So instead of worrying, she has chosen to use the lull period to focus on training and re-training her team and finding ways to improve processes. The circuit breaker period has also pushed her and her husband Roy Fong to further expand the Cheryl W brand into the online market.
(CNA Luxury: Zoe Tay's old-school advice for young people: Toughen up and be thankful)
“I would say that this circuit breaker and Covid-19 situation have been a great motivation to push us to keep things on track and buckle down to expand and diversify in the online market. The Cheryl W team, including Roy and I, are working tirelessly now to expand our online presence and increase new product range for our online e-commerce store to be launched in the new future,” she said.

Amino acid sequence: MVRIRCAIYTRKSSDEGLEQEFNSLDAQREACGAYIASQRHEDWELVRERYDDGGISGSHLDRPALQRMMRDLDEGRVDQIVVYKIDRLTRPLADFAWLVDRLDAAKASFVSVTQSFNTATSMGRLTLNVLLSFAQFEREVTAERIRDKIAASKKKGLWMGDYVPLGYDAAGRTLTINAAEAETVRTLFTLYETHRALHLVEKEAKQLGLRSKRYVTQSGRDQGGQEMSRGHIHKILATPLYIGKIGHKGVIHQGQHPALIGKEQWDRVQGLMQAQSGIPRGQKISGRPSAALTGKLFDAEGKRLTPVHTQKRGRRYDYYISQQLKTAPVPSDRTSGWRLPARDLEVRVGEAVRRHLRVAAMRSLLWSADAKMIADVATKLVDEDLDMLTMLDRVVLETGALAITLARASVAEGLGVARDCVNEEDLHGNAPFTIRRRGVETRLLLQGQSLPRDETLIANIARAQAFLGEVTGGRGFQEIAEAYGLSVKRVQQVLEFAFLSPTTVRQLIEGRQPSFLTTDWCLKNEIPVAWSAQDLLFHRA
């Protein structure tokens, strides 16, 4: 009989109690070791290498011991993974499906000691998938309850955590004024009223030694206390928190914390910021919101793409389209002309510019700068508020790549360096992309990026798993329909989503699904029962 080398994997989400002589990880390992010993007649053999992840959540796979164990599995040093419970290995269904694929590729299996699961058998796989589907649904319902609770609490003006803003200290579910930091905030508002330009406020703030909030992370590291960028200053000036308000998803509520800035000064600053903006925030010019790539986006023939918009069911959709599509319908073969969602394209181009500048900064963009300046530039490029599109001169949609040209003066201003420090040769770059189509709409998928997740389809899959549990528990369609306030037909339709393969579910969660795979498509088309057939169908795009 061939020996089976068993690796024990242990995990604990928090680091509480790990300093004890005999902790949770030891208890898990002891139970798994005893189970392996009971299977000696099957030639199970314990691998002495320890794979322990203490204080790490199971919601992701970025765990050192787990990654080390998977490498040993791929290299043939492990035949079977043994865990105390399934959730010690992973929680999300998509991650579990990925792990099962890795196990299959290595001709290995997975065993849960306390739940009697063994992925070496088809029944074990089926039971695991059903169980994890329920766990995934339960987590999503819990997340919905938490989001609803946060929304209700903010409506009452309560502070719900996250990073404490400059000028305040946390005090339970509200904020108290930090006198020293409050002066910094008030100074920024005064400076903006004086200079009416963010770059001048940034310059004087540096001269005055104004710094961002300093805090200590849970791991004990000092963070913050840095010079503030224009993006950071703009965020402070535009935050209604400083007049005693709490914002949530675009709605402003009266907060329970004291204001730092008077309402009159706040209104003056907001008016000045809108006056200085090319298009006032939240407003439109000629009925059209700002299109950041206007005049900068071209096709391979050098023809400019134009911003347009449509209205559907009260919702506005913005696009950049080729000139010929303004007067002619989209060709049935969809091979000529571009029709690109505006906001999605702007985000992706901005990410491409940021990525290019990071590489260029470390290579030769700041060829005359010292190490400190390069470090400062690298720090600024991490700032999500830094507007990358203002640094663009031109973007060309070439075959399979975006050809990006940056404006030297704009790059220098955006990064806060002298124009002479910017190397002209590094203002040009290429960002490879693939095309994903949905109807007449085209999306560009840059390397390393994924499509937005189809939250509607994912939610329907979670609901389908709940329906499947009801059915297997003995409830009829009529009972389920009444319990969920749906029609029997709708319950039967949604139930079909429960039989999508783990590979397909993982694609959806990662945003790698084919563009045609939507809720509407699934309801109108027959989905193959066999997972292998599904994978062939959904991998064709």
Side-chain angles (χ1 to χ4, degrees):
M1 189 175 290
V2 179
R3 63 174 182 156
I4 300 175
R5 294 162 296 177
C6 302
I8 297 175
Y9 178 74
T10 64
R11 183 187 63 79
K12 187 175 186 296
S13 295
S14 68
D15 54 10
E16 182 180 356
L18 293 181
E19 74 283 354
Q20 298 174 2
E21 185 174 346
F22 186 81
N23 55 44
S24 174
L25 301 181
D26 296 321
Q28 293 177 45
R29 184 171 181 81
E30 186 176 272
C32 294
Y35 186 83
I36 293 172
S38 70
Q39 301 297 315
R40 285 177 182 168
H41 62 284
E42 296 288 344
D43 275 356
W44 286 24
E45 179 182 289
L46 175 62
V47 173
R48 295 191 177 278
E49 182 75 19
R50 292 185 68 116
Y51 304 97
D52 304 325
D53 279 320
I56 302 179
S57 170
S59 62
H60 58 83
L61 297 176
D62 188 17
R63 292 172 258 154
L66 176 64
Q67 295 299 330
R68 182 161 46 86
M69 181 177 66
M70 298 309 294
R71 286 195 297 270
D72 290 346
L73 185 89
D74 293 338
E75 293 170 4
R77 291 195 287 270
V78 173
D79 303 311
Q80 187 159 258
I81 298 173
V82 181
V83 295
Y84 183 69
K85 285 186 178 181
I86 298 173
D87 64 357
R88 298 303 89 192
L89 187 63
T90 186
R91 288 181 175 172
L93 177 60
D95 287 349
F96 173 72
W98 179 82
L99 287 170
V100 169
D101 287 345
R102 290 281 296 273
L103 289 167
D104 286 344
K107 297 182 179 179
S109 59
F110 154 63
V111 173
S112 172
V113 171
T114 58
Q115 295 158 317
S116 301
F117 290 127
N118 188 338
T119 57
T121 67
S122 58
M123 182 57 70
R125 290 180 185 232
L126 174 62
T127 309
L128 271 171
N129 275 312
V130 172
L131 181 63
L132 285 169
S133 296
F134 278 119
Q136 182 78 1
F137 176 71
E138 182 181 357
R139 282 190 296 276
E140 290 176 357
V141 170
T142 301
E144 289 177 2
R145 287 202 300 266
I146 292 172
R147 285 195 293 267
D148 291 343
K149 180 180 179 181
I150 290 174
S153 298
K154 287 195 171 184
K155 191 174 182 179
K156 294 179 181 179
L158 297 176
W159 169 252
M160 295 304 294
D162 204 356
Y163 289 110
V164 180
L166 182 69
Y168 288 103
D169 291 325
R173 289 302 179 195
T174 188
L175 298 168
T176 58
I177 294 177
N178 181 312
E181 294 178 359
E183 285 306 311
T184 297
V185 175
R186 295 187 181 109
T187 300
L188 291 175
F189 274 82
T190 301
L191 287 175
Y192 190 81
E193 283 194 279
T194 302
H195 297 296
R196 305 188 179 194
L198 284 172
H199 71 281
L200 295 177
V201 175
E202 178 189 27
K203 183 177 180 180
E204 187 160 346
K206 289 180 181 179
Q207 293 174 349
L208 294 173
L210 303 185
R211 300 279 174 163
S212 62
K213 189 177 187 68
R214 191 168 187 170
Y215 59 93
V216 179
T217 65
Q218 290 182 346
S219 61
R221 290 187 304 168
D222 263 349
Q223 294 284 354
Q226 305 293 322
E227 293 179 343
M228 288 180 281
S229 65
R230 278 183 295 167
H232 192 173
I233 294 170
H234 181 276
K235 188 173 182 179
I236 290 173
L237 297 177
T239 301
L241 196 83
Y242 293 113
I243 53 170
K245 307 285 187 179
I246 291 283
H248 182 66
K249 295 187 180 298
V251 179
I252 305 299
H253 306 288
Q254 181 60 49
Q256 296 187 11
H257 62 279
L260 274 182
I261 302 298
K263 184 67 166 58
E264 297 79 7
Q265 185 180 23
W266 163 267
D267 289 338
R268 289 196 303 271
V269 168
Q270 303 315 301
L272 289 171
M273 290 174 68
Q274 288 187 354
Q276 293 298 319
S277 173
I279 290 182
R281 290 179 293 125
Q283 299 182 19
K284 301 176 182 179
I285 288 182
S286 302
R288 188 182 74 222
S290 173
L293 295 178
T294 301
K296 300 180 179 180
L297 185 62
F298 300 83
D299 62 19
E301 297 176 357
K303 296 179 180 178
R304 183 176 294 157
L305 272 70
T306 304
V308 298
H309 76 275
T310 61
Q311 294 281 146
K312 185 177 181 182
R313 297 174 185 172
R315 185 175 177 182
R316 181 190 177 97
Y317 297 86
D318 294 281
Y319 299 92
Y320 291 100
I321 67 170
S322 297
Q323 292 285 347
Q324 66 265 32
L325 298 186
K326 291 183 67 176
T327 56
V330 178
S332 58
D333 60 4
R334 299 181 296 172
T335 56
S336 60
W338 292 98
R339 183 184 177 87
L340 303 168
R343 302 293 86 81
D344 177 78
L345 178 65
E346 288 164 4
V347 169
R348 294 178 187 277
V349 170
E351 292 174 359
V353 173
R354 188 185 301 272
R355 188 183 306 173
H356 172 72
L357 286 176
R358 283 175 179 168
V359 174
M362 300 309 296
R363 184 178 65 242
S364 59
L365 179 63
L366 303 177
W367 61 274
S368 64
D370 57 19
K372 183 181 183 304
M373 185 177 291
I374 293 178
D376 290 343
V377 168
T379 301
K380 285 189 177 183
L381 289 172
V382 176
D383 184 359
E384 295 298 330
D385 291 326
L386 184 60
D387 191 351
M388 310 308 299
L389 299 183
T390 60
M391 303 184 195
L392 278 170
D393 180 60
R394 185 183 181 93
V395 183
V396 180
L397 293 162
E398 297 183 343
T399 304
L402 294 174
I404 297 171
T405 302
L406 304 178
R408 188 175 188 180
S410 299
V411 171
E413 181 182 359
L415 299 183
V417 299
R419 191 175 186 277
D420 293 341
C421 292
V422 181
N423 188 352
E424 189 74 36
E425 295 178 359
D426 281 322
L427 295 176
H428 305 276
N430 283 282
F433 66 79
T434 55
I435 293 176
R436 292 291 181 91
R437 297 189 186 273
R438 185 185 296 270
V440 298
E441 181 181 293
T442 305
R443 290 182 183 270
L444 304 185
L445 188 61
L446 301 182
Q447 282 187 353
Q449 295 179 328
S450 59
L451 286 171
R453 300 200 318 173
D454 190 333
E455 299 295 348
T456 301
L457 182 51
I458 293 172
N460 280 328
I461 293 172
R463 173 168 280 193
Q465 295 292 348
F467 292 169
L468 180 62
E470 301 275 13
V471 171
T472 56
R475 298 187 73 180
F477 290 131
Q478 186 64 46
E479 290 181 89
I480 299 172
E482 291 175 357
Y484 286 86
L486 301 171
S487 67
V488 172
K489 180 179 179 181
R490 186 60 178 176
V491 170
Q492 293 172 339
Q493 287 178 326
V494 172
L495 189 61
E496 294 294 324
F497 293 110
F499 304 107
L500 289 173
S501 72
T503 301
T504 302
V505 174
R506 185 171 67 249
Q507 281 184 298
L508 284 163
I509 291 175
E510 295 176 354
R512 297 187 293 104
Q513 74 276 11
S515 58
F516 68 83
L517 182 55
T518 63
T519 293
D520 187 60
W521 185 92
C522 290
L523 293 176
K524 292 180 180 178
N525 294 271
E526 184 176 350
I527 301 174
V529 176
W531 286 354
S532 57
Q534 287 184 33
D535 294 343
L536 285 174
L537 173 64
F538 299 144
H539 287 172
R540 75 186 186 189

Wee believes that prudence is another virtue that comes in handy in difficult times like these.
“It’s definitely a tough year for businesses, with overheads and cost incurred despite drop in sales. Whether as an individual, a family unit or business owner, we cannot take the good times for granted,” she said.
“If we had saved up for a rainy day during the good times, that money saved comes in handy at this time to tide us over the tough times when our cost exceeds revenue.”
Juggling mummy duties and working at home
As a mum, Wee has also been adjusting to a new normal. When her helper left two weeks before the circuit breaker started due to personal reasons, the hands-on mum took everything in her stride.
To maintain her (and her kids’) sanity at home, Wee has created a daily routine for her kids by scheduling activities between their after-nap and feeding times.
Her firstborn Marc is two years old while her daughter Emma is eight months old.
Although Marc does not have home-based learning as he has not officially started school, Wee said that she has been researching on toddler-friendly learning and play activities, and incorporating them into their daily routines.